Method 1 which needs minimum cooking time for the Vermicelli

The Variant of vermicelli which takes 20 seconds to cook on fire 


Makes 4 small servings or 2 large servings

500ml whole milk (full fat milk)
1/2 cup thinnest variant of Vermicelli aka Sewain {cup used holds 250ml liquid}
2.5 tbsp almonds
3.5 tbsp pistachios
2 tbsp raisins
1/2 tsp Kewra water 'Panadanas water'
2 tbsp sugar which you should adjust as per taste
1.5 to 2 tbsp melted pure desi ghee 'clarified butter'
1 green cardamom roasted peeled and pounded


Start by first bringing 1 cup of water to a roaring boil and blanch the nuts. Now reduce the milk with 1/4th tsp ghee {using the ghee helps keep it smooth and the milk does not burn easily} for 10 minutes. Keep stirring from time to time.

Skin the blanched nuts and chop them up. Slice the almonds and chop the pistachio and raisins.
Now take a heavy wok and heat the remaining ghee and add the chopped nuts on low heat and fry till golden and quickly add the milk and sugar and the pounded cardamom and Kewra water and simmer on low heat for another 5 minutes to 8 minutes.

Now here is the tricky part. When using the ultra thin variant of sewain it needs minimum amount of cooking.

So once you add the sewain count till 20 and switch off the gas else the sewain will stick together and become lumpy.

Let it stand for 10 minutes cool it chill it and then serve. Before serving make sure you mix it well. Clarified butter tends to solidify in cold temperature hence you need to stir it well before serving.

You may also have it warm or at room temperature but I find the taste to be better when served chilled.



Method 2 with a slightly thicker variant

The Variant used needs 5 minutes to 8 minutes cooking time 


500ml whole milk
3/4th cup vermicelli
3tbsp pistachios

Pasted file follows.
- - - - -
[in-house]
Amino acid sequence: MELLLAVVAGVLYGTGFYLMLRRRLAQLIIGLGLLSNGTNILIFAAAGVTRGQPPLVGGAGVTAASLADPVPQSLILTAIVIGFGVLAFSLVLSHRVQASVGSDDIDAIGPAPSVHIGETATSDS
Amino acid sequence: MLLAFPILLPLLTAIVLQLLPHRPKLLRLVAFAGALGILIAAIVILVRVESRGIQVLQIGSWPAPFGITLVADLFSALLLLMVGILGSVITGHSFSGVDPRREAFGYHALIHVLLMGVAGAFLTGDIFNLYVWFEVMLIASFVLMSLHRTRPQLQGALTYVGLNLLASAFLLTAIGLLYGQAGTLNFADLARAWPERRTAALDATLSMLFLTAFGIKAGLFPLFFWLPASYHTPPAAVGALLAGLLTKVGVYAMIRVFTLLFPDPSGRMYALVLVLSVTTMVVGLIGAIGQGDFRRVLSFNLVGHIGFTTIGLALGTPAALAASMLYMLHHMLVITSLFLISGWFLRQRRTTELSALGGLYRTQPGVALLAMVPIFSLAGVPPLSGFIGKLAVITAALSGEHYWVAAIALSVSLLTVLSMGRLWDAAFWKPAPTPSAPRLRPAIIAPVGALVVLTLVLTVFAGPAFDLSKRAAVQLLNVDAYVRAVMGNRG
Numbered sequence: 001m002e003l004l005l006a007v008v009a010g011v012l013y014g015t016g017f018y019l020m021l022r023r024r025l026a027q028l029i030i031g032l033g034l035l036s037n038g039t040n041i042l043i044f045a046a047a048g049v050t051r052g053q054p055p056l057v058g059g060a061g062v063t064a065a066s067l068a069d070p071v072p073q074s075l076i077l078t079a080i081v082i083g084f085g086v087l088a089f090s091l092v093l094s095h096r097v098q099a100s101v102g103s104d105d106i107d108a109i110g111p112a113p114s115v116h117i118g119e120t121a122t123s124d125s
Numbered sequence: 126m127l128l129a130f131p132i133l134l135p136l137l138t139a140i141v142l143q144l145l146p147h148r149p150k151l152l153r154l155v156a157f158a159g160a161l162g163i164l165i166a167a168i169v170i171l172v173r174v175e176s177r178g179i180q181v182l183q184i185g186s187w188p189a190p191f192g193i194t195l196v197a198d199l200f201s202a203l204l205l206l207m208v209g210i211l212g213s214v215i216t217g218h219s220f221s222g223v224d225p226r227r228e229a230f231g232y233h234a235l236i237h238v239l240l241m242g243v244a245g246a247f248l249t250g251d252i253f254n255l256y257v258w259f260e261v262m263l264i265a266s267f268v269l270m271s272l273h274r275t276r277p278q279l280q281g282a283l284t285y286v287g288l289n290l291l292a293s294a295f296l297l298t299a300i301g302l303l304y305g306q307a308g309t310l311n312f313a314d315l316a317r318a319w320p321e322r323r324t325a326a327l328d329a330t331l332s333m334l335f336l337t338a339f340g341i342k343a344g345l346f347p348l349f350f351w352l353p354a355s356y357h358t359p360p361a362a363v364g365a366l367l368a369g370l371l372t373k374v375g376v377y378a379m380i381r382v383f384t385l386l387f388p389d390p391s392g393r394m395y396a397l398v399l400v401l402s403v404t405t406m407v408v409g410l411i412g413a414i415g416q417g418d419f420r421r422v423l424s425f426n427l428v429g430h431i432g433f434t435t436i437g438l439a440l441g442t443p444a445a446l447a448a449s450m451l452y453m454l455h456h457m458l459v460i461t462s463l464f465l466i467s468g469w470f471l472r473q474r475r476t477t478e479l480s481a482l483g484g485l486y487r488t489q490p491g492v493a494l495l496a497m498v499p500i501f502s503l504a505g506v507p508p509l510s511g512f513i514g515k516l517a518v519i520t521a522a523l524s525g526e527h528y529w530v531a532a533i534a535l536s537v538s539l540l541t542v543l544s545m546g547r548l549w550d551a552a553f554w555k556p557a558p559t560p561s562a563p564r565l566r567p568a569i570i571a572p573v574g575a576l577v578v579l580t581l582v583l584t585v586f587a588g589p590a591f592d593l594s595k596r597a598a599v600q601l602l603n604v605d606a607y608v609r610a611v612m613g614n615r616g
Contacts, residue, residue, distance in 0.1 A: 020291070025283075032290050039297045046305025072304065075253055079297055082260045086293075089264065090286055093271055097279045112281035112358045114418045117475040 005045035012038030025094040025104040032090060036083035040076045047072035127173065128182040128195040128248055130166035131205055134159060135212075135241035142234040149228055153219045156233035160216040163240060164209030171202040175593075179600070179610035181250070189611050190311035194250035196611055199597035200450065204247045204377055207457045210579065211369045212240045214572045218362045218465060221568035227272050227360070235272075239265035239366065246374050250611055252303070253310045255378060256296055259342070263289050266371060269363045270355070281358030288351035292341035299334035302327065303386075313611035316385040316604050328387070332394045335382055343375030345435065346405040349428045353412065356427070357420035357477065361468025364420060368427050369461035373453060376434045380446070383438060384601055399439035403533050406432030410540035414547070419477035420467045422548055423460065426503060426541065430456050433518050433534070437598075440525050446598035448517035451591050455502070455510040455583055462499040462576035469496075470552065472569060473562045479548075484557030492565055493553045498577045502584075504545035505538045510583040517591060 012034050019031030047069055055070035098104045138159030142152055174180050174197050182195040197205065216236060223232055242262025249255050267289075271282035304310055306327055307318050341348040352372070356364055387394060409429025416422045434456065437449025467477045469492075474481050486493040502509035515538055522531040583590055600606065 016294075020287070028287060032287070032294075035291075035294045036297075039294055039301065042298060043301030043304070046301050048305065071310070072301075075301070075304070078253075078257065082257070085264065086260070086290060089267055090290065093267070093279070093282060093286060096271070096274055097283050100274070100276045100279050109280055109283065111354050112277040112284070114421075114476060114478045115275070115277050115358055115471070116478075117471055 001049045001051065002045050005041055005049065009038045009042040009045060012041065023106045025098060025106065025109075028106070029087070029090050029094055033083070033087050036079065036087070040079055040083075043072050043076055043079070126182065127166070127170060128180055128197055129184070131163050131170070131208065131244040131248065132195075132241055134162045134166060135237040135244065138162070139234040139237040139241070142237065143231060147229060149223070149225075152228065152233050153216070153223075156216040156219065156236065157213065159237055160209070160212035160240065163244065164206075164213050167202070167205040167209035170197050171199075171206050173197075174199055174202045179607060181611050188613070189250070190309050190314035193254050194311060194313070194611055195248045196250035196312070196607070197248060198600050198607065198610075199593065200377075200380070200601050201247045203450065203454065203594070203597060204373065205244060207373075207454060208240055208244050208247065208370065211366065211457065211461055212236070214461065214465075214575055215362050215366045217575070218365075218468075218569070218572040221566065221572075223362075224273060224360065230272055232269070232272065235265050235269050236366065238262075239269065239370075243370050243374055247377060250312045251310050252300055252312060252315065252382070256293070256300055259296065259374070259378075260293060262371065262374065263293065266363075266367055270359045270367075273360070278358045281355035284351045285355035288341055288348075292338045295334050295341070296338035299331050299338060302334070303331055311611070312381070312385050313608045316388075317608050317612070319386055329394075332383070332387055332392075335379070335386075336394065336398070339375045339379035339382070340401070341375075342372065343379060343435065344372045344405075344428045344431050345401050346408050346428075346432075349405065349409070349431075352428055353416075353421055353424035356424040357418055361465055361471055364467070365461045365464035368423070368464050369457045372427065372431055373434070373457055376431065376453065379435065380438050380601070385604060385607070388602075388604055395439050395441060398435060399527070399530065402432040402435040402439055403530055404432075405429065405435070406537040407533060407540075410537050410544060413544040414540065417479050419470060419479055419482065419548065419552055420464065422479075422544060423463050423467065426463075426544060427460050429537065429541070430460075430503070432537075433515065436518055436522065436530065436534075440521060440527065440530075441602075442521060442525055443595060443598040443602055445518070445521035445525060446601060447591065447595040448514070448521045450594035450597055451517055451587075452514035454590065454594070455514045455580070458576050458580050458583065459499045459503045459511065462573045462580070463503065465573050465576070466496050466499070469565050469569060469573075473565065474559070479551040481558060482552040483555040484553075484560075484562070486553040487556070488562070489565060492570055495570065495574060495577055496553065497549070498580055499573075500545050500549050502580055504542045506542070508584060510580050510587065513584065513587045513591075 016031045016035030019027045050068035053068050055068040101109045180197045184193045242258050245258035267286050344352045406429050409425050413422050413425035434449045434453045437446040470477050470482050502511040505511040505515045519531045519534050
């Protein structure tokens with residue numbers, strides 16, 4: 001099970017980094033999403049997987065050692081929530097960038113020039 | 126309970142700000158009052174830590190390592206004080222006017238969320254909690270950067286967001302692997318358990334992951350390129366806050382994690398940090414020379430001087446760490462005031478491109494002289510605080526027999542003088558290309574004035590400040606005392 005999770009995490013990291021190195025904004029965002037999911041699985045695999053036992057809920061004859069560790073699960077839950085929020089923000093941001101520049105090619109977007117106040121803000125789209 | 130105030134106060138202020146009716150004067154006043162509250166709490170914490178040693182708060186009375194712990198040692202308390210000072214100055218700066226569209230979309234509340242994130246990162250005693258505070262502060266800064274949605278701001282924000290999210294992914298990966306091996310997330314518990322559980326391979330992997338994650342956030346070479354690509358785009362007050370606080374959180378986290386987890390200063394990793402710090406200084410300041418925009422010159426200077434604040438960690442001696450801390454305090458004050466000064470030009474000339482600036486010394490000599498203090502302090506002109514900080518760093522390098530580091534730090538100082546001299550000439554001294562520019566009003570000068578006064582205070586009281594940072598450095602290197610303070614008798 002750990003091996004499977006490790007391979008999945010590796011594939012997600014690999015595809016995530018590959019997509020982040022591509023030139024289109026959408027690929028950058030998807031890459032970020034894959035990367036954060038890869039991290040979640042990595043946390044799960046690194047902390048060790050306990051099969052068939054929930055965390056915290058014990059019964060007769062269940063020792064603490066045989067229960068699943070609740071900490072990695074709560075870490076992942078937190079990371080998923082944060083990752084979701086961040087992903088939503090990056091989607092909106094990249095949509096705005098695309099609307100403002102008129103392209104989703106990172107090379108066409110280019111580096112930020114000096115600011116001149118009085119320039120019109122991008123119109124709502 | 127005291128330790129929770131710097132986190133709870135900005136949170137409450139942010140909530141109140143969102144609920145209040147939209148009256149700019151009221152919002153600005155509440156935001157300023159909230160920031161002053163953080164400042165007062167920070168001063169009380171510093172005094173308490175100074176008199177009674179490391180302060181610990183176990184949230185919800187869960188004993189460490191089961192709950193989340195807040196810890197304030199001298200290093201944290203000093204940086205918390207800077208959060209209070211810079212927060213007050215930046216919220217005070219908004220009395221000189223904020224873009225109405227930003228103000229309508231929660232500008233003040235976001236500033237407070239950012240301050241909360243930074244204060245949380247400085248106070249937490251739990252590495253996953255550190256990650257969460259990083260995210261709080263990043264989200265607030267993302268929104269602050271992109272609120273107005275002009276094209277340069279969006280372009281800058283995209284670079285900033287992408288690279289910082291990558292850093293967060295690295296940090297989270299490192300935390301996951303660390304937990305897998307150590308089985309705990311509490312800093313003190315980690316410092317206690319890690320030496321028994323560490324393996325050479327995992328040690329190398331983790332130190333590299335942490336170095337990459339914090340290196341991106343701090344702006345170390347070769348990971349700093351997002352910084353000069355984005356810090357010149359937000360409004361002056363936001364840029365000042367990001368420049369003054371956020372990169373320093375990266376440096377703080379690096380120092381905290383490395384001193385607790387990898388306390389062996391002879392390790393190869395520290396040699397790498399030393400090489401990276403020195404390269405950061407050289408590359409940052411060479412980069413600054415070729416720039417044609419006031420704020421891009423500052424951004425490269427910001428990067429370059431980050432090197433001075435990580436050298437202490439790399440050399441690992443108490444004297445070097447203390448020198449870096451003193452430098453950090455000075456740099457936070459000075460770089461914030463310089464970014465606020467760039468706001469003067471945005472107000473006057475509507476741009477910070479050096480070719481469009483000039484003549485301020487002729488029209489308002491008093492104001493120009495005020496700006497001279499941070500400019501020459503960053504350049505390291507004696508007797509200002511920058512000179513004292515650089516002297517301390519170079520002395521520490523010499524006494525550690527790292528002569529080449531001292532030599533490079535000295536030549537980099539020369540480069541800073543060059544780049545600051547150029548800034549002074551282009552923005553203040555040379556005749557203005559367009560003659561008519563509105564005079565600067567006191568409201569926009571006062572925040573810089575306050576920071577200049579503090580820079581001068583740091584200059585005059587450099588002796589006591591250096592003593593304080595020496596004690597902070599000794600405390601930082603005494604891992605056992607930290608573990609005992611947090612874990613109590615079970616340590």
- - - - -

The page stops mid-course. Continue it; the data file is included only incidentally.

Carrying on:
2.5 tbsp almonds
2 tbsp 'ghee'clarified butter
2 tbsp, sugar
1/2 tsp Kewra water

Blanch and chop the nuts. Now heat the ghee and fry the nuts on low heat and keep aside. Fry the vermicelli and keep aside. Now add milk to the same pot and the nuts with sugar , kewra water and reduce the milk for 8 minutes. Add the vermicelli and cook on low flame for another 6 minutes to 8 minutes till you see the milk changing its colour to a beige shade and bubbling away . Once the colour changes immediately switch off the gas stove.
Cool, chill, serve.

Personally speaking I loved both of them because both were more or less thin but the ultra thin one simply melts in the mouth.

Notes


  1. This is a dessert and has calories so I would highly recommend that you do not lessen the amount of ghee. If you want a healthy dessert I suggest having some fresh plums, peaches for this season which I often have.
  2. In case the sewain you are using is slightly thicker you need to cook it for a longer time. I do have that variant so one of these days I shall make Sewain kheer with the thin yet slightly thicker variant and mention how much time that takes. 
  3. I used my favourite nuts. You can always add cashew nuts or repalce one of the nuts with cashew nuts. Please do not add peanuts.  

1 comment:

  1. Lots of great looking dishes here! I can't keep up with all the dishes I want to make...there's always so many good ones :)